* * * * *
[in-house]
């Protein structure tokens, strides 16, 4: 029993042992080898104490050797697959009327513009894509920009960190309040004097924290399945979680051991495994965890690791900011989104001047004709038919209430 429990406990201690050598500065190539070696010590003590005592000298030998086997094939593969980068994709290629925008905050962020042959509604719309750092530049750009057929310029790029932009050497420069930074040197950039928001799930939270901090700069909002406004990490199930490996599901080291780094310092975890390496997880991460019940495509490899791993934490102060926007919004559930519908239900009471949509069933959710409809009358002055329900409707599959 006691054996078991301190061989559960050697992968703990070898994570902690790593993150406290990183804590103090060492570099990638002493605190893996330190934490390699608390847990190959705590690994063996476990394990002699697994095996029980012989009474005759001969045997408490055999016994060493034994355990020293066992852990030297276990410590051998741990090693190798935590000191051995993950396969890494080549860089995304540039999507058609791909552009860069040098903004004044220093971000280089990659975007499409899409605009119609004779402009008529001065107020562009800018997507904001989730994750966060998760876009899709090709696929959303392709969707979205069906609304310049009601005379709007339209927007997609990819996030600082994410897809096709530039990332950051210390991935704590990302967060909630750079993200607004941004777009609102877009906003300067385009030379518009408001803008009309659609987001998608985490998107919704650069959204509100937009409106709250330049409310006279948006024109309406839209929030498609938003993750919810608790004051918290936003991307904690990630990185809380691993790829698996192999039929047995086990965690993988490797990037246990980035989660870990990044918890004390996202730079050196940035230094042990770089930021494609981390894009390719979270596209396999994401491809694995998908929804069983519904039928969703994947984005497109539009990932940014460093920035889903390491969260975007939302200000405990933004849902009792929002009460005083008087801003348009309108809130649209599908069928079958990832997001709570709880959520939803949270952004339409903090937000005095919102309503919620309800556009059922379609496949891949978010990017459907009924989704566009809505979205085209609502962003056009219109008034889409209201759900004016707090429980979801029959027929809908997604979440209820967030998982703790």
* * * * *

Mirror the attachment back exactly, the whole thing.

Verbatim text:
[in-house]
């Protein structure tokens, strides 16, 4: 029993042992080898104490050797697959009327513009894509920009960190309040004097924290399945979680051991495994965890690791900011989104001047004709038919209430 429990406990201690050598500065190539070696010590003590005592000298030998086997094939593969980068994709290629925008905050962020042959509604719309750092530049750009057929310029790029932009050497420069930074040197950039928001799930939270901090700069909002406004990490199930490996599901080291780094310092975890390496997880991460019940495509490899791993934490102060926007919004559930519908239900009471949509069933959710409809009358002055329900409707599959 006691054996078991301190061989559960050697992968703990070898994570902690790593993150406290990183804590103090060492570099990638002493605190893996330190934490390699608390847990190959705590690994063996476990394990002699697994095996029980012989009474005759001969045997408490055999016994060493034994355990020293066992852990030297276990410590051998741990090693190798935590000191051995993950396969890494080549860089995304540039999507058609791909552009860069040098903004004044220093971000280089990659975007499409899409605009119609004779402009008529001065107020562009800018997507904001989730994750966060998760876009899709090709696929959303392709969707979205069906609304310049009601005379709007339209927007997609990819996030600082994410897809096709530039990332950051210390991935704590990302967060909630750079993200607004941004777009609102877009906003300067385009030379518009408001803008009309659609987001998608985490998107919704650069959204509100937009409106709250330049409310006279948006024109309406839209929030498609938003993750919810608790004051918290936003991307904690990630990185809380691993790829698996192999039929047995086990965690993988490797990037246990980035989660870990990044918890004390996202730079050196940035230094042990770089930021494609981390894009390719979270596209396999994401491809694995998908929804069983519904039928969703994947984005497109539009990932940014460093920035889903390491969260975007939302200000405990933004849902009792929002009460005083008087801003348009309108809130649209599908069928079958990832997001709570709880959520939803949270952004339409903090937000005095919102309503919620309800556009059922379609496949891949978010990017459907009924989704566009809505979205085209609502962003056009219109008034889409209201759900004016707090429980979801029959027929809908997604979440209820967030998982703790």